I come from a town where there were a number of long established industries related to the agricultural sector. The sons and daughters of many of the ordinary industries workers have been able to avail of third level education be it university of Institutes of technology. This has resulted in them achieving a higher standard of living for themselves and their offspring. Their increased income opportunities have mean money has gone back in to the economy. Of course there will always be a small minority of people who actually believe this class struggle rubbish. They are happy to be lectured to by people who have availed of the thirds level opportunities themselves but still see a need to keep the majority of the proletariat down.


  • Registered Users Posts: 3,434 ✭✭✭Jolly Red Giant


    Santa Cruz wrote: »
    Do you want the posters to name every person in this country who came from humble backgrounds and improved the living standards just to keep you happy?

    No - what I want people to do is use factual - not anecdotal - evidence. I argued that social mobility is restricted in Ireland. The evidence exists to back this up -
    The Republic of Ireland provides an excellent example of a situation in which social change does offer substantial opportunities for advancement, as reflected in absolute mobility rates, while the privileged classes respond to such change in a manner that leaves their relative advantages intact.
    (Christopher Whelan, Social Mobility in Ireland in the 1990s, The Economic and Social Review, Vol. 30, No.2, April 1990, p.156)

    Santa Cruz wrote: »
    While there were many who progressed well in the early days of this State since the introduction of free secondary education in the late 60s the door to higher level has opened for all who have the ability to enter same. I am not saying that it is financially easy but with hard work it is possible.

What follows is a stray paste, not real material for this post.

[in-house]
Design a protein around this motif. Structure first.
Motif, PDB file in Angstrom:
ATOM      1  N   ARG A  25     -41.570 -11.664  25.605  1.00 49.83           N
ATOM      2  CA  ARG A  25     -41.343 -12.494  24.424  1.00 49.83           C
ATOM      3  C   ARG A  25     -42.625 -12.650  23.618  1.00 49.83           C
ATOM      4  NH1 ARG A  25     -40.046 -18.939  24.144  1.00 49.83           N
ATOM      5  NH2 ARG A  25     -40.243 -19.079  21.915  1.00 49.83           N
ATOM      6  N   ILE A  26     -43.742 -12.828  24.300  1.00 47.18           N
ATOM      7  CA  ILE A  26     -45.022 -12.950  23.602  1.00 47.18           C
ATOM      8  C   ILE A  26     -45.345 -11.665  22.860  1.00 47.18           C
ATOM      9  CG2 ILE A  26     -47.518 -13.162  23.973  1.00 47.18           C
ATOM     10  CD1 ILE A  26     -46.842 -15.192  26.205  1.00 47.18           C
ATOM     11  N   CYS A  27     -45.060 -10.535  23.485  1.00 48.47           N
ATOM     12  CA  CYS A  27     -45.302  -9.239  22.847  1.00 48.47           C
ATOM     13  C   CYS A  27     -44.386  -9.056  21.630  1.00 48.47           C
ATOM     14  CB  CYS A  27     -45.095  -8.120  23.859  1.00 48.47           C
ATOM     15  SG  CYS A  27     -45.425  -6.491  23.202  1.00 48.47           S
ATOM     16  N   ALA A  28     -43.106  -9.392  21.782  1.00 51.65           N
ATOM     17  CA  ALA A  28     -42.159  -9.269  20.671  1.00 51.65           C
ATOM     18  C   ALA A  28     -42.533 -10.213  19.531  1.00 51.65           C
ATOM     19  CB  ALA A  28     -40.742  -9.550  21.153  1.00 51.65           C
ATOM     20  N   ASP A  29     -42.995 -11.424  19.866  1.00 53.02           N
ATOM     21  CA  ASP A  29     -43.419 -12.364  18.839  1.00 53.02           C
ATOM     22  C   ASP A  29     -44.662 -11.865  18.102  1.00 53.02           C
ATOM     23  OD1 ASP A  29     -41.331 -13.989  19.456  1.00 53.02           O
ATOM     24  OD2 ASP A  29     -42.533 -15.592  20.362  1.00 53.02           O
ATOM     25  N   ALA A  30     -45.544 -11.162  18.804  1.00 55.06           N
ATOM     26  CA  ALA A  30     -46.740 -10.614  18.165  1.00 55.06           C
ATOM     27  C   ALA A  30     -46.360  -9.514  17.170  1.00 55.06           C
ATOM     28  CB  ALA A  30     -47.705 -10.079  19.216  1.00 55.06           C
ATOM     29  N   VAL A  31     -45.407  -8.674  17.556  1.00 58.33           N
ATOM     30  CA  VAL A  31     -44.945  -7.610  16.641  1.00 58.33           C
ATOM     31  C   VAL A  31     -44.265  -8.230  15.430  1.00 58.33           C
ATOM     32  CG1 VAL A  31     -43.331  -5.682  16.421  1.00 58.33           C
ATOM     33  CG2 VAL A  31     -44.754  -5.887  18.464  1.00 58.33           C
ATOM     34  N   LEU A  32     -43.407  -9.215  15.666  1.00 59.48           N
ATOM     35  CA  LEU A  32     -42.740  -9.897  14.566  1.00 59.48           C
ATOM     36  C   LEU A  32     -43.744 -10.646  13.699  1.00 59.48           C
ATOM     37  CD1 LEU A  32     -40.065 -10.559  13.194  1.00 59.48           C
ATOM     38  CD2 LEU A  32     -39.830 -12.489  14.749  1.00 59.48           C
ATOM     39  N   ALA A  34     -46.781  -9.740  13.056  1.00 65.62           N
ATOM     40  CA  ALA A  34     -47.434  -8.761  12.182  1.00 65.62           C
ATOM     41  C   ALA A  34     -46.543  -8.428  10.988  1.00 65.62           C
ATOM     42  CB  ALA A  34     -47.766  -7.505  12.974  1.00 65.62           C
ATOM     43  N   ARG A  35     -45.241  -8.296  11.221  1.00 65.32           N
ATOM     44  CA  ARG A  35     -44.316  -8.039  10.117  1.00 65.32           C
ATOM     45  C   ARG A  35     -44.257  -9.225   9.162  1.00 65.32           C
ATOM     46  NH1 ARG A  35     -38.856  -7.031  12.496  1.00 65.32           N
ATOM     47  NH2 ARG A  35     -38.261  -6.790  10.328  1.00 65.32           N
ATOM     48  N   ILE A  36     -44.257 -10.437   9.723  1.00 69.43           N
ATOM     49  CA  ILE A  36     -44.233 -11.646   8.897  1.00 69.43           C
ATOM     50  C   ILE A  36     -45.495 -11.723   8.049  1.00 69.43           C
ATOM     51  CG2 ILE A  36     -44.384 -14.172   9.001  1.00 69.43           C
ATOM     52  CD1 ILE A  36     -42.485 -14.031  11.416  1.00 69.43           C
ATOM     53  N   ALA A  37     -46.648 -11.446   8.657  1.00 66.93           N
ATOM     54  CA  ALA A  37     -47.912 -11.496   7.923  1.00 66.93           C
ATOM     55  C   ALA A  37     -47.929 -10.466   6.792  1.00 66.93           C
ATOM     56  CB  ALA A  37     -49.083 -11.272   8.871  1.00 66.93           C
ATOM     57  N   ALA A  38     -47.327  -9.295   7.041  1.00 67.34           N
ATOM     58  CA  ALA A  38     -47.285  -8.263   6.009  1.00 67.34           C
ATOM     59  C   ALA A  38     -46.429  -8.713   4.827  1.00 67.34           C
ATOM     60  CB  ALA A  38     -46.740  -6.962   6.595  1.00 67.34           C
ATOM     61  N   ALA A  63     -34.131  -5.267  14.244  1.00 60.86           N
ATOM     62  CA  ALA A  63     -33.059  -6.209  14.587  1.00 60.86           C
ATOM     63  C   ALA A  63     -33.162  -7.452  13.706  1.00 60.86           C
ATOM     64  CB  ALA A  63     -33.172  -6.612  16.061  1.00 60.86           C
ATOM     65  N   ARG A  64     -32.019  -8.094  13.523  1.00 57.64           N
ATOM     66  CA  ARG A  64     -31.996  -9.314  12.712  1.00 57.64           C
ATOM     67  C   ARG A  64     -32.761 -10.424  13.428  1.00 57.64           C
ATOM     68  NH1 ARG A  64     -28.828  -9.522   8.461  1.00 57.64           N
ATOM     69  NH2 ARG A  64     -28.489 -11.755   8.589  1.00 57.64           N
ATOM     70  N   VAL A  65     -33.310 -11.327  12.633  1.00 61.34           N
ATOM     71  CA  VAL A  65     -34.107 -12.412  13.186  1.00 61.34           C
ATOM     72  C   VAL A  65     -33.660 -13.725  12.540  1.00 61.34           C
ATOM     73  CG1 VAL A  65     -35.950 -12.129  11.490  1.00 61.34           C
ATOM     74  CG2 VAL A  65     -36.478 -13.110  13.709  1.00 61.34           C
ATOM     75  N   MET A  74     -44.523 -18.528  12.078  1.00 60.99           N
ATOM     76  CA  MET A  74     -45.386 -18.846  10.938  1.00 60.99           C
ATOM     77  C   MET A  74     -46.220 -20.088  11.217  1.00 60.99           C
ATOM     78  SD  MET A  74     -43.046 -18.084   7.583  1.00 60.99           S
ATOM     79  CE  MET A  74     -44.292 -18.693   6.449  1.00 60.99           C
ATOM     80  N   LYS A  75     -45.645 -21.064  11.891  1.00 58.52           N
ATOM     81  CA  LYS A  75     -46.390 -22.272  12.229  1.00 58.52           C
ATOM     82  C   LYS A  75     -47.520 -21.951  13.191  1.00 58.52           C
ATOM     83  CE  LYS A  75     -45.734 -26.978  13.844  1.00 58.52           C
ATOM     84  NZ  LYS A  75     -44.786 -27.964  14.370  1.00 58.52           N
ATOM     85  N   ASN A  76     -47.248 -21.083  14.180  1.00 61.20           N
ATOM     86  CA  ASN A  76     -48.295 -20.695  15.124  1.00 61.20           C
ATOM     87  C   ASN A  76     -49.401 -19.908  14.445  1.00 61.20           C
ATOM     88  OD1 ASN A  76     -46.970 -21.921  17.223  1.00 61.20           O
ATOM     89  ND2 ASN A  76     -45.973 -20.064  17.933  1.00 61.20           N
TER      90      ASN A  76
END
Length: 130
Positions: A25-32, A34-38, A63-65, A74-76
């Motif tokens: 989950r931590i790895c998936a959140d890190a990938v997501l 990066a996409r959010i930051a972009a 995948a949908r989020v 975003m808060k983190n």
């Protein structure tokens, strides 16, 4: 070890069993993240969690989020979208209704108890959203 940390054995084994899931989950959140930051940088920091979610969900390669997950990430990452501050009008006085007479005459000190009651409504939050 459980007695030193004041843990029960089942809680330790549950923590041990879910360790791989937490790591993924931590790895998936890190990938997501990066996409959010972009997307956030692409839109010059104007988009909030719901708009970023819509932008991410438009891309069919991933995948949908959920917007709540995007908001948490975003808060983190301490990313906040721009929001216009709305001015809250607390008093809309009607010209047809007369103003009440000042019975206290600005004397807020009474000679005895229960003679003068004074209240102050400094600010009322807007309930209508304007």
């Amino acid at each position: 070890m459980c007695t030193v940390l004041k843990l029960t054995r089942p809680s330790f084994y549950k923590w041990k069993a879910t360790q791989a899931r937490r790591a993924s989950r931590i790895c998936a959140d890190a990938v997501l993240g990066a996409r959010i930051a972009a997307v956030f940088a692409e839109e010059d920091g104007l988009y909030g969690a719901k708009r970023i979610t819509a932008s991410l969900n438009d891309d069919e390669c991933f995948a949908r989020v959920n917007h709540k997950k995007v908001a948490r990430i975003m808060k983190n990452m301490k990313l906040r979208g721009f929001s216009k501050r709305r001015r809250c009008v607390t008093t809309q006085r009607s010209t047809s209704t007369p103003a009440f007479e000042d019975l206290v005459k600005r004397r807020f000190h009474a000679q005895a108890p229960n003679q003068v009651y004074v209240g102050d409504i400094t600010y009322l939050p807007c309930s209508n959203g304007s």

Social mobility is not related to educational attainment. Many jobs that could be secured in the 1970s by having a Leaving Certificate now require a Masters Degree. Wage rates have patterned the norms of previous decades.
    Santa Cruz wrote: »
    I come from a town where there were a number of long established industries related to the agricultural sector. The sons and daughters of many of the ordinary industries workers have been able to avail of third level education be it university of Institutes of technology. This has resulted in them achieving a higher standard of living for themselves and their offspring. Their increased income opportunities have mean money has gone back in to the economy.
    More anecdotal evidence.

    I come originally from a small town in the west of Ireland. One winter's evening when we had nothing better to do myself and my father sat down and went through all the businesses in the town, who owned them and how they got to own them. Of the 140 businesses (shops, pubs, etc) 138 of them were inherited from family members. Only two people in the town had successfully established new businesses. Now - again - this is anecdotal evidence - it does not disprove social mobility no more than your anecdotal evidence proves it.